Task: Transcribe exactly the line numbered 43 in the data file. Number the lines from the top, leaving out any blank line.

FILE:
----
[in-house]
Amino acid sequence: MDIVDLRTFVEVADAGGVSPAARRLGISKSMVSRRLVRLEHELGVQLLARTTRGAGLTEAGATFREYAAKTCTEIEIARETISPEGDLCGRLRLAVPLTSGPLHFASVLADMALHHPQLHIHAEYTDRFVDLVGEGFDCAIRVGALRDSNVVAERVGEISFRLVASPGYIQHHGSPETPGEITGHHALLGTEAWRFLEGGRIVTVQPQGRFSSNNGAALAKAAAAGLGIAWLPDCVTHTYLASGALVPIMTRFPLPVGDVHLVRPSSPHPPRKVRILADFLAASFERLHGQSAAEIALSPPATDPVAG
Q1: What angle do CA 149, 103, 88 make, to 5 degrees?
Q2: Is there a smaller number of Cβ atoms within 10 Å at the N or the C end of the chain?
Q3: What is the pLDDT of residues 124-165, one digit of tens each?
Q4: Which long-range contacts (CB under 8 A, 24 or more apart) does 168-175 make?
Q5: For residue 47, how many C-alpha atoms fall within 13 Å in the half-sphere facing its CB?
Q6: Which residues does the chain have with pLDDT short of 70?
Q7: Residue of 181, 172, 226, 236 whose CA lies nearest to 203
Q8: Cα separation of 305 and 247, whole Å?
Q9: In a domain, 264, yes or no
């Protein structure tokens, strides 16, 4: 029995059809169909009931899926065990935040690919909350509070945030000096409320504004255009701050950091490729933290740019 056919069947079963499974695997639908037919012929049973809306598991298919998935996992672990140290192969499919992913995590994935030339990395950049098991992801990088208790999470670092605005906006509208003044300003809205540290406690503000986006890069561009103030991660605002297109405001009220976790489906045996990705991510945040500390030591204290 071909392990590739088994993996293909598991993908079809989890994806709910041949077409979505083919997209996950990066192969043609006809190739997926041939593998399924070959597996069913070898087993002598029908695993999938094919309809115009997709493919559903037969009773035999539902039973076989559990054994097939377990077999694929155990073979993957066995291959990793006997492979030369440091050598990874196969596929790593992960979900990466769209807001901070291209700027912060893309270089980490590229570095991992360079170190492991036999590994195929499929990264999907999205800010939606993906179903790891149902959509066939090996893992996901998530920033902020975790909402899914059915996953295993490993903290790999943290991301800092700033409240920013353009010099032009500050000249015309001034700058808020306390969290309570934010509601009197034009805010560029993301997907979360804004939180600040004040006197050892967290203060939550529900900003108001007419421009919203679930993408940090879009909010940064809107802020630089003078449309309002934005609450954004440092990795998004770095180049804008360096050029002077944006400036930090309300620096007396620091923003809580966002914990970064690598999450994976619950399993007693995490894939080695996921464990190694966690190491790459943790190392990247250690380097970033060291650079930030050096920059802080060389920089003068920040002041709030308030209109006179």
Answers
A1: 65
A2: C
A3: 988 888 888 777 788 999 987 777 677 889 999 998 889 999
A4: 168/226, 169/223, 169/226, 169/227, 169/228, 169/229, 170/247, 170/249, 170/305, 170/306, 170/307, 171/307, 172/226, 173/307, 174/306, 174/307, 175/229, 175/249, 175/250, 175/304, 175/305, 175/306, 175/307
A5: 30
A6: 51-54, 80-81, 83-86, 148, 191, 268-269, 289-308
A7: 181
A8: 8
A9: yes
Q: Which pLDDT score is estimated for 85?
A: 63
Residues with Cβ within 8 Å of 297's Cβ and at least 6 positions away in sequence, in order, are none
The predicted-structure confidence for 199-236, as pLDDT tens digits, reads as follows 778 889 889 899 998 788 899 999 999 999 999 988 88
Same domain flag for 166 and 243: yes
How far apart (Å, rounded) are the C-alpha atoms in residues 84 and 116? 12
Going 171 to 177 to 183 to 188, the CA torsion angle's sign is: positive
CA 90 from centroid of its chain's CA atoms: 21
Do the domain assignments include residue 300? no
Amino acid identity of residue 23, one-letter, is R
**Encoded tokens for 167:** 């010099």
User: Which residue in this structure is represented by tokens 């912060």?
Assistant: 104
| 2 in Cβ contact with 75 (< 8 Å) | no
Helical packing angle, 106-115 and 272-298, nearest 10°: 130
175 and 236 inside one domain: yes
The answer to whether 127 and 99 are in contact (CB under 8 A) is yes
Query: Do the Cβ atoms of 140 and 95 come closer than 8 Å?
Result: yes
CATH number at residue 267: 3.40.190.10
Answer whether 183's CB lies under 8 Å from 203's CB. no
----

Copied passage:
Answer whether 183's CB lies under 8 Å from 203's CB. no